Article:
To Beat Heroin Addiction, A Turn To Coaches
This story is part of a partnership that includes WBUR, NPR and Kaiser Health News. It can be republished for free. (details)GOSNOLD, Mass. — Two young men sit in a car outside a church or union hall where they just attended a Narcotics Anonymous meeting. Both men are addicted to heroin. But they haven’t used the drug since they finished a residential treatment program a week or so earlier.
“This happens a lot, there’s the two of us sitting together,” says Jeremy Wurzburg, a thin, pale 21-year-old who became addicted to heroin two years ago.
“We both,” Wurzburg pauses, “we’re not sure whether we’re going to use or not …” That moment, for Wurzburg, could lead right back to his drug of choice, heroin. Most recovery programs, he says, don’t — and maybe can’t — prepare patients in early recovery to fight that urge alone.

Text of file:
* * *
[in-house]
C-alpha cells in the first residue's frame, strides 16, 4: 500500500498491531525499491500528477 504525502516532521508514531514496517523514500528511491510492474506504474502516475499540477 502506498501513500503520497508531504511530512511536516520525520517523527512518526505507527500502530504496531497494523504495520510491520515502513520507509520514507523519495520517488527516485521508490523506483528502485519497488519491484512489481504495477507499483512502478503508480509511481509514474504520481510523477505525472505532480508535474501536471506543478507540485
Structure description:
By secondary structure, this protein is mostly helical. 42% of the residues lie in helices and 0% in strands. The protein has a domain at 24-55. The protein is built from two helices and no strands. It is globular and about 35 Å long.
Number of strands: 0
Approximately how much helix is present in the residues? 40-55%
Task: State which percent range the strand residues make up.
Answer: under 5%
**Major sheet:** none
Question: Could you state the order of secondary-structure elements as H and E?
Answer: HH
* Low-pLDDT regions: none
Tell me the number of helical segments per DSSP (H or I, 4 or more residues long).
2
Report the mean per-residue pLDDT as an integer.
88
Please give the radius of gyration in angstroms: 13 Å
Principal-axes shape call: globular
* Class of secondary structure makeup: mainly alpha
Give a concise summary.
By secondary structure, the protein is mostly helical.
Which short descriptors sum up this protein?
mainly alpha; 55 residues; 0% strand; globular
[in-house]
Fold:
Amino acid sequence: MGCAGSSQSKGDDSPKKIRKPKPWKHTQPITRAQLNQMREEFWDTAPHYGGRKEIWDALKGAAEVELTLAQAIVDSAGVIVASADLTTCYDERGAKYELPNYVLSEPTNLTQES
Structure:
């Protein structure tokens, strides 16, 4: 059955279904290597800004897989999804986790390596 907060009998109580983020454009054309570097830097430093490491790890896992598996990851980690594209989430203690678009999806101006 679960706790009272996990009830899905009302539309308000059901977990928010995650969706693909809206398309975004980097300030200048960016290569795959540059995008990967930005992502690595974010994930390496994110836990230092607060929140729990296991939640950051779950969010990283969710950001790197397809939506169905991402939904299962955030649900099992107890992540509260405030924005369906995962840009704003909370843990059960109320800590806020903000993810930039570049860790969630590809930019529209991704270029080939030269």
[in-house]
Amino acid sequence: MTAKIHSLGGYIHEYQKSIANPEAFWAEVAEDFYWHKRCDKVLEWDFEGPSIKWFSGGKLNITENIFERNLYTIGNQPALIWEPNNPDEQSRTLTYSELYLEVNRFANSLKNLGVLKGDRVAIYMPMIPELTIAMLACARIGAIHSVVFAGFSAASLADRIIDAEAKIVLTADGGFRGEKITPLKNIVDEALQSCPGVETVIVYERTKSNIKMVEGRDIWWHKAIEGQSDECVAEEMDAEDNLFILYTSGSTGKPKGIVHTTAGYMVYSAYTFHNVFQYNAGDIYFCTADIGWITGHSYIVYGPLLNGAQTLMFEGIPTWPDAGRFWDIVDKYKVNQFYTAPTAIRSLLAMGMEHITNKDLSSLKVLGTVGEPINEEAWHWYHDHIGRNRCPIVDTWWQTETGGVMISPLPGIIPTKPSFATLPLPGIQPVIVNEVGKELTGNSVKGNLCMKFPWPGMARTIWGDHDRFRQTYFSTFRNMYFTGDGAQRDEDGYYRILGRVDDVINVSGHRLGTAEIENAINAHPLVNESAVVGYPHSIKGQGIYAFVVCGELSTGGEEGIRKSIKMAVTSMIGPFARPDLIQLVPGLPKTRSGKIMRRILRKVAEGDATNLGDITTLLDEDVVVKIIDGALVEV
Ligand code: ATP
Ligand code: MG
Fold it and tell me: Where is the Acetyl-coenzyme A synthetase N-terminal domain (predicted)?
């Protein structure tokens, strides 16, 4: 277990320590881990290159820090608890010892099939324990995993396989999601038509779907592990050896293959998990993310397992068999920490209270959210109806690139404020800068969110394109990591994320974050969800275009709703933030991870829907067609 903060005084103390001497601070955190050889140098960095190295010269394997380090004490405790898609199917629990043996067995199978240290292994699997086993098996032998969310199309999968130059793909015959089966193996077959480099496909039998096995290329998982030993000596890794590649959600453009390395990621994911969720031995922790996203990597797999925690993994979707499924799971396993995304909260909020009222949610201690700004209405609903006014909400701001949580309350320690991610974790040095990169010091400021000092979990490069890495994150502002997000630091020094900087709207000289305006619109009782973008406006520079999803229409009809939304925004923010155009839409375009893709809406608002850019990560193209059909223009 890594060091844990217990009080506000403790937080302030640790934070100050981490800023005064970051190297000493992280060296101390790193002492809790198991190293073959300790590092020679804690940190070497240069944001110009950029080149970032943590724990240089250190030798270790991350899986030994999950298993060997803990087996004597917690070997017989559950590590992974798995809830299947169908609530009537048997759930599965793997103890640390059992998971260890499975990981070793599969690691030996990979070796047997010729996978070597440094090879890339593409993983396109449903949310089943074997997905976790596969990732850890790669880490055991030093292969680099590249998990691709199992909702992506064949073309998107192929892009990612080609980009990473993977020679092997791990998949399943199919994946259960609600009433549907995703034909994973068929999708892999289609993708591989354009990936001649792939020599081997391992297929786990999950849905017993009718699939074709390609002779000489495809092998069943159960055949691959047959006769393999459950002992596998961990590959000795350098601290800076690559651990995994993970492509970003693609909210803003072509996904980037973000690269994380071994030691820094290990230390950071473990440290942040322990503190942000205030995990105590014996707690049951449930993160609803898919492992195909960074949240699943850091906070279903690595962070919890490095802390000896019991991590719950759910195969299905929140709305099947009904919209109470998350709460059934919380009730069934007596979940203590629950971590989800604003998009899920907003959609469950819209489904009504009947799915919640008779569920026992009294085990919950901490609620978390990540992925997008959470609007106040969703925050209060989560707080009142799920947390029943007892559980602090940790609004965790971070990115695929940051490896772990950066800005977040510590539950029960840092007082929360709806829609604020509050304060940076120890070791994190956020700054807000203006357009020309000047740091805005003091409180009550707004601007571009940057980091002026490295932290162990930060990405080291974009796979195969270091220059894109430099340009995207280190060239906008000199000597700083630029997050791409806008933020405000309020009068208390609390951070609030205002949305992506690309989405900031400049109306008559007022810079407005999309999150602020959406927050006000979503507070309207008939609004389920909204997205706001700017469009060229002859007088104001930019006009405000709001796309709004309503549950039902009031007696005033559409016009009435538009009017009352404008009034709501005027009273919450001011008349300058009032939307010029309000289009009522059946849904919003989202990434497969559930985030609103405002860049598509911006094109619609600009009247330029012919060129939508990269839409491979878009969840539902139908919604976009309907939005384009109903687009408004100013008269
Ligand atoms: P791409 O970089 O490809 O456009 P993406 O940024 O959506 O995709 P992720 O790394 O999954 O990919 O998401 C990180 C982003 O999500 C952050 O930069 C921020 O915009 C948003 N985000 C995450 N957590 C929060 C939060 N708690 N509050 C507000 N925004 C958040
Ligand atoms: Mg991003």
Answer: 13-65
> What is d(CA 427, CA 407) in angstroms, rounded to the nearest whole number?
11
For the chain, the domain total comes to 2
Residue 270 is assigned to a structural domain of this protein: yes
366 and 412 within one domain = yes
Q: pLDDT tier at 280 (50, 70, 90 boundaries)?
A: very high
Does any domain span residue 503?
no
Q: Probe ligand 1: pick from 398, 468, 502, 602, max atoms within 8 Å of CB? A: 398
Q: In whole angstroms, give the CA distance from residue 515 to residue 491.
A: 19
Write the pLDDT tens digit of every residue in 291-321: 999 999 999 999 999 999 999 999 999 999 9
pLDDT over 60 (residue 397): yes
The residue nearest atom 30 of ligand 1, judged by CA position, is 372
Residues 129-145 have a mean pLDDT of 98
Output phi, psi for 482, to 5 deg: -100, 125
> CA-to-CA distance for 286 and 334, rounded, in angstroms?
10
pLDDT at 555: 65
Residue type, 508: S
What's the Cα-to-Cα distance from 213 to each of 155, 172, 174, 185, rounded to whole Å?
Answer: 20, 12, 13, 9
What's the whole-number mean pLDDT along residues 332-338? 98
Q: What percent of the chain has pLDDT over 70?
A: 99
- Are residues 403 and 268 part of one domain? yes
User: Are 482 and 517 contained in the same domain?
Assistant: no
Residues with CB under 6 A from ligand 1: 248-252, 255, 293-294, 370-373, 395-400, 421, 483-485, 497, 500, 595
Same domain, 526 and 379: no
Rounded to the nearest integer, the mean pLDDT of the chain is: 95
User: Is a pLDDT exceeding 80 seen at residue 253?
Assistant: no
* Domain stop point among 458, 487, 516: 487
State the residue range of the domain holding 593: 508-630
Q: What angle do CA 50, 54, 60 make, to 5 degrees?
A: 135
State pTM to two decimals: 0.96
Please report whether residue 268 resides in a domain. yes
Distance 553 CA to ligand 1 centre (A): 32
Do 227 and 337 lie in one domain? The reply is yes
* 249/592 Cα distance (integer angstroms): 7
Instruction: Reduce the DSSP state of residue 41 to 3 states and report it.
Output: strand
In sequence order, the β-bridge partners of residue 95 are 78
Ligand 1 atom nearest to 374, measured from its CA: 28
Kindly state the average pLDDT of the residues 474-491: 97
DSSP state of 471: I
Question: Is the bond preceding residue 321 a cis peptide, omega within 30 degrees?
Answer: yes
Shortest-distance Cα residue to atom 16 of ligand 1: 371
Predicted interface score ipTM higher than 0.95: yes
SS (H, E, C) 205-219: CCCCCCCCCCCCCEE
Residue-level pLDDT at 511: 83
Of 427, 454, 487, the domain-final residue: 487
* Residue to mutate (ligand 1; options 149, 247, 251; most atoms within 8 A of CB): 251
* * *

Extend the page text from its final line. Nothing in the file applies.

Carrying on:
“Once I got out of treatment into the real world, it was a big shock,” Wurzburg says.
Of patients addicted to heroin who stop, 40 to 60 percent relapse within the first year. For many it happens soon after finishing a recovery program.
‘Custom-Tailored’ Recovery Help
Wurzberg is now in a new young adult recovery program. It’s a one-year pilot project at Gosnold, which runs a network of addiction treatment services on Cape Cod.
Wurzburg agreed to live in a sober house, attend daily 12-step group meetings and get individual counseling. Perhaps most importantly, Wurzburg has help daily, sometimes hourly, from a recovery coach. Read more